In May 2007, the Council of European Ministers for Urban development set out the Leipzig Charter: an ambitious document for the future of our cities, advocating a new way of working on our environment. One year later, European cities face the task of bringing those propositions to life, providing higher-quality housing for more and more citizens, making access to affordable housing as simple as possible. In times of economic drought this might not prove easy: yet the real challenge consists in governing the economic forces which shape our cities, organising them through processes involving both public authorities and private stakeholders from the outset, reducing conflicts along the way.
Good housing is what shapes our cities, creating space and the quality to make them attractive places to live and work in.
Green housing is needed to mitigate environmental impact, reduce energy consumption, create buildings which interact more efficiently with the environment, and produce less pollution.
Safe housing is important to protect the wellbeing – both physiological and psychological – of its inhabitants, helping cities acquire that quality of life which makes them attractive places to live and work in.
Affordable housing is fundamental to guarantee the widest access to high-quality living to citizens of all income, by controlling the housing market, building costs and energy costs.
The aim of the Urbact II Working Group Hopus – Housing Praxis for Urban Sustainability – is exactly this: to study, disseminate and implement the ways through which new housing in Europe can be efficiently oriented, using modern governance tools such as design codes or other forms of “smart” project guidance.
Hopus brings together five universities and two city administrations, each working on different aspects of housing. From the urban to the building approach, from building regulations to construction technology, from environmental quality to energy certification: a multi-faceted and interdisciplinary approach, trying to cover a wide range of different problems, joining theory and practice.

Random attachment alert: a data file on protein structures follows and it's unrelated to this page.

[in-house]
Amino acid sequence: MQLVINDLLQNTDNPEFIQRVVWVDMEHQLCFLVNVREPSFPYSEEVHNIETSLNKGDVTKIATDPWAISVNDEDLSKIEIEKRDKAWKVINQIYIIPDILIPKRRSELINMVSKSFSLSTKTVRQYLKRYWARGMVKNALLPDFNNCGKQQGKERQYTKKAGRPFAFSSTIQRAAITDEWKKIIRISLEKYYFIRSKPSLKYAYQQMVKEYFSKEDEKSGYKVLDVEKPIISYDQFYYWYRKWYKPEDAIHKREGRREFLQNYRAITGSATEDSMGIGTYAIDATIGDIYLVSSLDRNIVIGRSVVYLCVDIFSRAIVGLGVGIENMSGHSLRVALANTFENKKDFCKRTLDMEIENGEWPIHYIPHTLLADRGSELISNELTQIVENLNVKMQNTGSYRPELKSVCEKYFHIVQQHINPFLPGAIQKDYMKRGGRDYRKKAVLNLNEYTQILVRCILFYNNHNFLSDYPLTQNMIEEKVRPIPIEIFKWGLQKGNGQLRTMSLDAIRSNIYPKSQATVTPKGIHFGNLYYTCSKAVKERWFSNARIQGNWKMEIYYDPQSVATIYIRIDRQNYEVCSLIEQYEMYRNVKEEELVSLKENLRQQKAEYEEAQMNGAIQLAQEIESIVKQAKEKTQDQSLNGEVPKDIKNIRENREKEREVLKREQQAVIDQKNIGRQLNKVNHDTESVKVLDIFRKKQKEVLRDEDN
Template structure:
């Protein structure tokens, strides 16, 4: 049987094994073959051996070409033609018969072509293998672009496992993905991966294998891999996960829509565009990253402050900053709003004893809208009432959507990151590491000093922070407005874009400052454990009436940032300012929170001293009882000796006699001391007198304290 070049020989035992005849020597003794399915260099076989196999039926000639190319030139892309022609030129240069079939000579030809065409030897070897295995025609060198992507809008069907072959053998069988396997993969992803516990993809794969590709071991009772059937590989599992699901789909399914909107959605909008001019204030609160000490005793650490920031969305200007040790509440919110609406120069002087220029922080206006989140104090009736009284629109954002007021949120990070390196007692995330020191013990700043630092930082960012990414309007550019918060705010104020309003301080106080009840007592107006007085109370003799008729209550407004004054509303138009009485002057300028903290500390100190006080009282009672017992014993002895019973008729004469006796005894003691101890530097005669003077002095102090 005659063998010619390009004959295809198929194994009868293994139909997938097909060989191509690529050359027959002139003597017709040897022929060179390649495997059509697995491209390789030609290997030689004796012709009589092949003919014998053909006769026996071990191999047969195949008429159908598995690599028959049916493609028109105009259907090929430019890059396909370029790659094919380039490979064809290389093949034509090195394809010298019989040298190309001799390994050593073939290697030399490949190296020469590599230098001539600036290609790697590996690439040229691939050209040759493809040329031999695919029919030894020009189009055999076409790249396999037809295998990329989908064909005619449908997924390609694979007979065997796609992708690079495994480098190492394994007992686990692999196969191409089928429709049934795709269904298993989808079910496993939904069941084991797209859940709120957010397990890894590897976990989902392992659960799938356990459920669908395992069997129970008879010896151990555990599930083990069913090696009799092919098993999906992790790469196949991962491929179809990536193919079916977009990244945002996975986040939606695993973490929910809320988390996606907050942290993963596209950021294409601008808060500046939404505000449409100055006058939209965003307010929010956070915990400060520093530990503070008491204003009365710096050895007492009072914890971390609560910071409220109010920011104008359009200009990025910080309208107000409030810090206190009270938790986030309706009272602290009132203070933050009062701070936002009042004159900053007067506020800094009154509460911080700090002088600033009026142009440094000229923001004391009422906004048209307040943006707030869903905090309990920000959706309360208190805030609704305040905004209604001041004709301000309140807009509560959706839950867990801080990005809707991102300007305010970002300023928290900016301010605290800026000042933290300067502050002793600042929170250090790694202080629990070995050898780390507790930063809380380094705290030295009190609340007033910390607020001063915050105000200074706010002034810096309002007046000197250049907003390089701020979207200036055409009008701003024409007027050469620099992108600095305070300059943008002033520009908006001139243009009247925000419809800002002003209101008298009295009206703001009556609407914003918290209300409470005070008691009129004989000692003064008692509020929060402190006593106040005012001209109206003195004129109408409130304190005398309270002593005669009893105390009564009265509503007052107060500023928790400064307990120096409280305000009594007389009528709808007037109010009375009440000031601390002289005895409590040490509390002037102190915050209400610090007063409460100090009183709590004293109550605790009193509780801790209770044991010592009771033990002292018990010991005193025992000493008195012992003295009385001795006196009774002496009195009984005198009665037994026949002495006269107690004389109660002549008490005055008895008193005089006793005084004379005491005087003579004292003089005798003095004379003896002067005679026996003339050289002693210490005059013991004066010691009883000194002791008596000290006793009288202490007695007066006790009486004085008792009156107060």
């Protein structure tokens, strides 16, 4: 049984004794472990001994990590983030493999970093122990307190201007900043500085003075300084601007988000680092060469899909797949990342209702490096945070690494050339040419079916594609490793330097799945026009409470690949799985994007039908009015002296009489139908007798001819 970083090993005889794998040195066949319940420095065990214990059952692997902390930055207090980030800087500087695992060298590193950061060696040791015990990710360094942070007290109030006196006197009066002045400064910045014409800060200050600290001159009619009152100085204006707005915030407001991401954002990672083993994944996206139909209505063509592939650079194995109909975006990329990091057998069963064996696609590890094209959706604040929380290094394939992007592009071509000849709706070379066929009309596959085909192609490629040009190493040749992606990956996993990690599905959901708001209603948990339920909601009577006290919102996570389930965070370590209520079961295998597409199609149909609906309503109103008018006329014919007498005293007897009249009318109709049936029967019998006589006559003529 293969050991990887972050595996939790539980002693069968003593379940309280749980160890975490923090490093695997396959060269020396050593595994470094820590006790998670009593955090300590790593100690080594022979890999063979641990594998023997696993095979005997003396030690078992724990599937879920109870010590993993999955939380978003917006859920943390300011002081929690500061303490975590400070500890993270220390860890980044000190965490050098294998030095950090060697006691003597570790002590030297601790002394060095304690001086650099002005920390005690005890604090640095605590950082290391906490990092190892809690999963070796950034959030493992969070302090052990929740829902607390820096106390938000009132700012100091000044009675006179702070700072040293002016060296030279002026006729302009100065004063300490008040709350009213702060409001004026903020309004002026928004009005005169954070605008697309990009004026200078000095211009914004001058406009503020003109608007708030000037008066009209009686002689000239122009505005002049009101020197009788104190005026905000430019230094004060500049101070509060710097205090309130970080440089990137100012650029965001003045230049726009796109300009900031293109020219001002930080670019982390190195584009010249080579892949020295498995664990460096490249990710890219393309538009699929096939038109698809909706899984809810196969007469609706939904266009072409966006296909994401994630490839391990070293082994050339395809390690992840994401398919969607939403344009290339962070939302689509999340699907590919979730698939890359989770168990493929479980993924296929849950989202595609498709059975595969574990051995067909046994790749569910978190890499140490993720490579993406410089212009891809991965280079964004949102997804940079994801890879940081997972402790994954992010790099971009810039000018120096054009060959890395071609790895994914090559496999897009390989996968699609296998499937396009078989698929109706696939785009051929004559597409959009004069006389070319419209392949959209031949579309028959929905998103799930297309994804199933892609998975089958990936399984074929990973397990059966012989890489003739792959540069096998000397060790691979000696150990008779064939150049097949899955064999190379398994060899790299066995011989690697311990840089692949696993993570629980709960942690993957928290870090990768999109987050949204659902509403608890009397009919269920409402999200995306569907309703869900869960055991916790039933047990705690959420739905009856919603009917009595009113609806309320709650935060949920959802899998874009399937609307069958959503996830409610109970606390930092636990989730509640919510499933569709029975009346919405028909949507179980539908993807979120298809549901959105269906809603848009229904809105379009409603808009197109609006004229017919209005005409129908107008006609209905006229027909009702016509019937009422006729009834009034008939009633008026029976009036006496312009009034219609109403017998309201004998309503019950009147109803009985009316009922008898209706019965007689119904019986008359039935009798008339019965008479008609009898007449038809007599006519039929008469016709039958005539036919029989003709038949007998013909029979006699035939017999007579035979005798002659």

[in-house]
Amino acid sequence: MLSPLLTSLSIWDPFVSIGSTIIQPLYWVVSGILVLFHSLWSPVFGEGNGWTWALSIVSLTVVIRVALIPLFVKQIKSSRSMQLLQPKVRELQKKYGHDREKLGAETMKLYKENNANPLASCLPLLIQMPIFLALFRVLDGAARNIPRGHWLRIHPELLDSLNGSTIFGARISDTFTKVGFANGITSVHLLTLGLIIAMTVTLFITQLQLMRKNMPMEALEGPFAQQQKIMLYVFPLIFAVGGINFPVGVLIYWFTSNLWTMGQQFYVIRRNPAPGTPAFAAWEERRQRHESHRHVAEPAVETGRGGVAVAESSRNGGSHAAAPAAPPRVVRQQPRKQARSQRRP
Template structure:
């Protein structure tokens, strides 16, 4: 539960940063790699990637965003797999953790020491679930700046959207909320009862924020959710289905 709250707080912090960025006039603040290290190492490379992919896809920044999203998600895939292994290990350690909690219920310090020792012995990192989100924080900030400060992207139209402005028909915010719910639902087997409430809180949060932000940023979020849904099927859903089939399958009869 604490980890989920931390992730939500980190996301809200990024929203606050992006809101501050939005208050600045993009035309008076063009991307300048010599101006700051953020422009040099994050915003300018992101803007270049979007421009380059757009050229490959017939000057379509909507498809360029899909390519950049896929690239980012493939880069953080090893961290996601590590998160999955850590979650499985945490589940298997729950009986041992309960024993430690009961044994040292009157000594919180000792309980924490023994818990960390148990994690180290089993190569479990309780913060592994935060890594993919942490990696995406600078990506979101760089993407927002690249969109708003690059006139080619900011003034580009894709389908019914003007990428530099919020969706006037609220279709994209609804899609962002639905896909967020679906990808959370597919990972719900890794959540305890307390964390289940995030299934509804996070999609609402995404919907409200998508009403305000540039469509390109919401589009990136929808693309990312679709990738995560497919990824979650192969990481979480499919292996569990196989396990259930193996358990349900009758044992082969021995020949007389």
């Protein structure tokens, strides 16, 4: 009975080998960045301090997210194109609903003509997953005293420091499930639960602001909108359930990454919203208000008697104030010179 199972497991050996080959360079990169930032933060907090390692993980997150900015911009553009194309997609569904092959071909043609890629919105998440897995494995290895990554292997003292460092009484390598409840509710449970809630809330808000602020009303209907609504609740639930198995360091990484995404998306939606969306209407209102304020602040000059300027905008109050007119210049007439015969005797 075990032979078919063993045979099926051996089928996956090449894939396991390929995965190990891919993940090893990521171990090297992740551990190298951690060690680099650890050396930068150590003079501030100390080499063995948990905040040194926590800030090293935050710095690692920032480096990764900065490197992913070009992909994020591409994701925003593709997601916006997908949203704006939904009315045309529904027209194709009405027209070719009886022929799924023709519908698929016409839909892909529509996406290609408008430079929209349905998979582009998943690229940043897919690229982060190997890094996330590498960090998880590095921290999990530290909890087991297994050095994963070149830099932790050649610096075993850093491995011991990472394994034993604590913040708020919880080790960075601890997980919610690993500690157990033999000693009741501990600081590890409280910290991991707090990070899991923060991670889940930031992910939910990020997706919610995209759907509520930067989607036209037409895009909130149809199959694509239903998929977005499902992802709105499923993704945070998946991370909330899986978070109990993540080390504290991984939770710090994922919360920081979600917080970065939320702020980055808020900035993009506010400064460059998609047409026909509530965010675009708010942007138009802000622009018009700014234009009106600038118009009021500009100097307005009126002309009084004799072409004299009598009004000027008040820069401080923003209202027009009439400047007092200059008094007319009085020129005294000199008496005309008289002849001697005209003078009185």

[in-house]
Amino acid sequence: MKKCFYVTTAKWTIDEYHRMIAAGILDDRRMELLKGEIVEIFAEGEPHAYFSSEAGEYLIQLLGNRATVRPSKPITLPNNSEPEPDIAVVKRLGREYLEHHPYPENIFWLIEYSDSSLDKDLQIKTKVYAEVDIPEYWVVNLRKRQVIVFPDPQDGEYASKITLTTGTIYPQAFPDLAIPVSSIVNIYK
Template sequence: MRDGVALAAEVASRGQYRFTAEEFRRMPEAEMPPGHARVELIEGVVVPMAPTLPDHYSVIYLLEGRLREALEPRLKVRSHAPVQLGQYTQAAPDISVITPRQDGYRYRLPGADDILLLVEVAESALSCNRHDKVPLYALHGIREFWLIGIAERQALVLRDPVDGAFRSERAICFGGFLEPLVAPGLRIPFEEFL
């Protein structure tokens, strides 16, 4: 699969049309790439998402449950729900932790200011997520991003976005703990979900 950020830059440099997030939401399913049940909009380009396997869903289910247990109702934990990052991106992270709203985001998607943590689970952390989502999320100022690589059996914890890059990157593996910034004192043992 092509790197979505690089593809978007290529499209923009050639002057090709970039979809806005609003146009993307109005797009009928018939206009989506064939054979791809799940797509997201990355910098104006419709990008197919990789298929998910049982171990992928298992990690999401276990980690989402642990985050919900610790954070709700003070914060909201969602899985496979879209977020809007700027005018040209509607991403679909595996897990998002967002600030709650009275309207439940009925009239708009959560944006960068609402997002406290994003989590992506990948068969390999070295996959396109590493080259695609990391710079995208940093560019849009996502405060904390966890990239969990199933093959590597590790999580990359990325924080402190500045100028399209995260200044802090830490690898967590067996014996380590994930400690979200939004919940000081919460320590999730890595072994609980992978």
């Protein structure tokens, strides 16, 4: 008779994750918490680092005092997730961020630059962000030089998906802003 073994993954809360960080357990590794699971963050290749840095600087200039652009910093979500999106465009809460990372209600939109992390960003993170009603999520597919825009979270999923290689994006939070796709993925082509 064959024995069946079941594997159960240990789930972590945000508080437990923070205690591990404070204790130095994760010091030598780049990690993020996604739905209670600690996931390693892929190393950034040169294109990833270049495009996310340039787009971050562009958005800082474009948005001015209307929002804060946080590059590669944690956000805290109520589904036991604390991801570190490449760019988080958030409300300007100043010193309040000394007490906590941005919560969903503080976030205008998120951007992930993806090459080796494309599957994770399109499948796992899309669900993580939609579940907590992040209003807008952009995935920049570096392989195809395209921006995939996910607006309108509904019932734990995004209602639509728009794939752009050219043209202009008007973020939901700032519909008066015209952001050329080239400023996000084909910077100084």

The challenge set out by the Leipzig Charter may seem vast; nevertheless, it is only through joint efforts that we can truly aspire to better new housing developments – good, green, safe, and affordable – which will eventually give birth to the cities we want for the future of our continent.
Project Hopus aims at promoting and implementing the use of design coding and other forms of "smart" project guidance for the development of sustainable housing stock in European cities.
Design codes, widely adopted in practice, are basic manuals setting guidelines and standards ranging from urban design to building construction, and are addressed to both technical operators and local administrations. If correctly used, they can guarantee a high level of integration of sustainability strategies, with particular reference to developments carried out by private investors.
Through the help of the local support groups, the working group aims at experimenting the use of Design codes in all process phases, from the drafting to their final application in real urban situations.
Integrated action plans
University Of Reggio Calabria
Universidade Do Minho